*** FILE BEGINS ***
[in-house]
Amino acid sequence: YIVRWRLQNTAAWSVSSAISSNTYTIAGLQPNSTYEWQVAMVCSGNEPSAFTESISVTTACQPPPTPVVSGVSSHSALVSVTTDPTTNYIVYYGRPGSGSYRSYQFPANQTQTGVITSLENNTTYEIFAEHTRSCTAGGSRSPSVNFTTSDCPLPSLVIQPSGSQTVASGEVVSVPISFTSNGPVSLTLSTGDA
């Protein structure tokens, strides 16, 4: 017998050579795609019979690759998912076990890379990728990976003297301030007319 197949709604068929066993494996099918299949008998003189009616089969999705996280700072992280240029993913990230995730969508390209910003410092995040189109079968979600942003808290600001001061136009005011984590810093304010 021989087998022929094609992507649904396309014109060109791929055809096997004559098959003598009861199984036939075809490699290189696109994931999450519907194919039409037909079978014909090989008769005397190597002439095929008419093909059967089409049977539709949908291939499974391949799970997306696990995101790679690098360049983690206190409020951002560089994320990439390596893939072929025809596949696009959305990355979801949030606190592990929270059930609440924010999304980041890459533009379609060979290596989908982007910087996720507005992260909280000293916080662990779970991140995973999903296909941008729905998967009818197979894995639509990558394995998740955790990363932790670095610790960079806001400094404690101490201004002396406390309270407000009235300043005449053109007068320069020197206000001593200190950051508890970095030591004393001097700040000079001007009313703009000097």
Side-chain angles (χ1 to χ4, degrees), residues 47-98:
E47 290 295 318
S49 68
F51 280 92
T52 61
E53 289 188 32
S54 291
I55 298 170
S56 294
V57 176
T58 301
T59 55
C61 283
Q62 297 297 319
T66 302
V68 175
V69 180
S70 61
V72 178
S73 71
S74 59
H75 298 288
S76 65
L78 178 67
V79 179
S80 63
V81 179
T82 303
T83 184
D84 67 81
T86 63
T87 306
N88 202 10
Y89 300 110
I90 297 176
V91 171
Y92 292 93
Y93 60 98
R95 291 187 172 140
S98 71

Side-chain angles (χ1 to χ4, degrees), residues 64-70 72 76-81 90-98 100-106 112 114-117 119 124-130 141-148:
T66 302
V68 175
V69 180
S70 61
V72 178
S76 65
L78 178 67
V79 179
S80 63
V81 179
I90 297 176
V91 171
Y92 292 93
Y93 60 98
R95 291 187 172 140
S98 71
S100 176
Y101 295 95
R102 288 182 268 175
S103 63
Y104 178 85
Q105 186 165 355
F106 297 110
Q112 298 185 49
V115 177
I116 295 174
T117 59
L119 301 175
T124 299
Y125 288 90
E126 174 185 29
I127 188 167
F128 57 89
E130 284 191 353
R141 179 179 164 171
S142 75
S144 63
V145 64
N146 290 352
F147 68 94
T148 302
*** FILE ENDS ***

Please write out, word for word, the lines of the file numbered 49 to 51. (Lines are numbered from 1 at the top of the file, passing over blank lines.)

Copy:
V72 178
S76 65
L78 178 67